AI news roundup: LinkedIn buys a Google Analytics rival, Alphabet’s drones take off, and more

Google Cloud inks deal with Qatar’s largest telecoms company, GM sells stake in EV company

Deborah Yao

March 11, 2022

5 Min Read

Google Cloud inks deal with Qatar’s largest telecoms company, GM sells stake in EV company

AI Business brings you the latest in deals and products from across the AI world.

This week’s roundup covers LinkedIn, Google Cloud, Alphabet's Wing and more!

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LinkedIn to buy analytics startup, Oribi

LinkedIn announced that it is acquiring Oribi, an Israeli marketing analytics startup that is a competitor of Google Analytics.

Oribi’s offerings will be integrated into LinkedIn to “further help our customers, from marketers to recruiters, gain actionable insights, make smarter decisions and drive business results,” said Tomer Cohen, LinkedIn’s chief product officer, in a blog.

“Our customers will benefit from enhanced campaign attribution to optimize the ROI of their advertising strategies,” he added. “This means that our customers will be able to more easily measure website conversions with automated tags and code-free technology, as well as build more effective audiences” while respecting privacy.

LinkedIn also plans to open its first office in Tel Aviv, Israel.

Figure 1:

Google Cloud partners with Qatar’s largest telecom carrier

Google Cloud signed an agreement to provide cloud services to Ooredoo, Qatar’s largest provider of mobile, fixed, broadband internet and corporate managed services.

The agreement also calls for Google to establish an innovation lab to develop new ideas and foster training, testing and development.

Google will support Ooredoo’s service offerings across a portion of its markets with a new TV and entertainment service based on the Android TV operating system. The goal is to develop innovative media services for Ooredoo’s customers.

The carrier also will consider making Google’s subscription products, Google One, YouTube Premium, and Google Workspace, available to its consumer and business customers.

Google will collaborate as well on using AI to streamline Ooredoo’s customer contact center operations and create a “more personalized and intuitive experience.” If successful, this solution will be resold to companies in Qatar.

“This partnership will support us in our strategic aim of driving the adoption and use of analytics to deliver a more personal experience and improve efficiency,” said Ooredoo CEO Aziz Aluthman Fakhroo.

Alphabet’s Wing gets ready to launch drone delivery service in Dallas

Wing is preparing to launch its drone delivery service in the Dallas-Fort Worth area, which will be the first major U.S. metro area to get the service.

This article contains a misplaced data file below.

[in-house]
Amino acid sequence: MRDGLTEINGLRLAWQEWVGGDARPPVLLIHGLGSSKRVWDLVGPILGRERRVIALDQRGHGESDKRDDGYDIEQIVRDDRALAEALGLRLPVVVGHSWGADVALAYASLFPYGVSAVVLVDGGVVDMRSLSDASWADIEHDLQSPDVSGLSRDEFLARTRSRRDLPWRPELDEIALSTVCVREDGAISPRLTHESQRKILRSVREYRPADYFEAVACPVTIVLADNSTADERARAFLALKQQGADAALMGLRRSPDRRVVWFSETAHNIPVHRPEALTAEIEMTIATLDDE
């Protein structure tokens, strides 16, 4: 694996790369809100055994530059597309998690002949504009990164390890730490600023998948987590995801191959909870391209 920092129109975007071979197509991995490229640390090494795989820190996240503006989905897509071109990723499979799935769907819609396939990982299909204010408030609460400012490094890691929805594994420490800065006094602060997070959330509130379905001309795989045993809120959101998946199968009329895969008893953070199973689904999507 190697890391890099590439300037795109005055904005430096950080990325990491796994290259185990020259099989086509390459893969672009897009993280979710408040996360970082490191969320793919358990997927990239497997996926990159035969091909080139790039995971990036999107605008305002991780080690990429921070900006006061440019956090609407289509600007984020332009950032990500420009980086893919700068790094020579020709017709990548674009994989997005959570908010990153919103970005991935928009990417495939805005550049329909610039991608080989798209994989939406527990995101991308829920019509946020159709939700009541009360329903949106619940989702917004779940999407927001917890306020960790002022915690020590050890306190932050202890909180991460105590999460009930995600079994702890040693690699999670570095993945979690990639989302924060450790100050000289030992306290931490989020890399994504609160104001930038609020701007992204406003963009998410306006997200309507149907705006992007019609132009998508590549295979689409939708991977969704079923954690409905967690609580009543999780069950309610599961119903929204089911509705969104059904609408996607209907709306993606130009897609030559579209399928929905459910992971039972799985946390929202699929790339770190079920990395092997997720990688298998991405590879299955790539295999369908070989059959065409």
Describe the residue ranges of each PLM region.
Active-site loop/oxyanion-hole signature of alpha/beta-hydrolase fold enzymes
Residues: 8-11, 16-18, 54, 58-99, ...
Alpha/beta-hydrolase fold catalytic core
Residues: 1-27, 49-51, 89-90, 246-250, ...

Customers can shop for items on the Wing app and choose a delivery area – it could be a yard or driveway. The company promises that its aircraft “gently lowers your order down on its tether and unclips the items for you.”

In Texas, Wing is trying out a new strategy of having multiple launch stations for the drones instead of one central location.

Wing’s drones have both fixed wings and hover propellers so they can both move and hold steady. They have a wing span of 3.3 feet. The drones have been in test flights for four years.

Recently, Wing completed 200,000 commercial deliveries globally.

GM reportedly sells stake in EV maker

General Motors has sold its stake in Lordstown Motors, a maker of electric light duty trucks, according to multiple reports. The ownership percentage was less than 5%.

For 2021, the Ohio car company posted a loss of $410.4 million ($2.27 cents per share) without booking any revenue. A year ago, Lordstown lost $124.1 million, or $1.28 a share.

Lordstown said it expects to produce and sell about 500 Endurance trucks this year, and as many as 2,500 in 2023.

The company said it has raised $182 million from Foxconn, which bought its auto facility and will take over manufacturing.

“Our organization’s top priority remains bringing the Lordstown Endurance full size all-electric pickup to market as quickly and efficiently as possible,” said Lordstown President Edward Hightower.

Figure 2:

Sway AI, Trilogy Networks partner to accelerate digital transformation of rural farms

Sway AI, a no-code AI developer, is partnering with Trilogy Networks to deliver an AI-enabled precision agriculture solution for farms across America.

Agtech is becoming more commonplace as the farming industry strives to bring together agricultural software and data to streamline operations and processes for precision farming.

Currently, there is no single application that captures all the data a farmer needs, and the information that one farmer might need to make decisions is not the same for another farmer. There is no one-size-fits-all agtech solution.

To address this challenge, edge-cloud company Trilogy Networks launched the Rural Cloud Initiative (RCI), a coalition of network and edge innovation partners to deploy a unified, distributed cloud. Using AI, the initiative aims to address the data fragmentation issue that plagues farms stretching across 1.5 million square miles of rural America.

“The sheer thought of the different technologies and applications a farmer has to rely on can be overwhelming, creates a barrier to entry, and also discourages sustained use,” said Jitender Arora, Sway AI chief product officer and co-founder.

Sway AI will provide AI applications that act on data coming from multiple sources and sensors — such as drones, robotics, local and historical data. This information will be combined to provide holistic insights to farmers.

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About the Authors

Deborah Yao

Editor, AI Business

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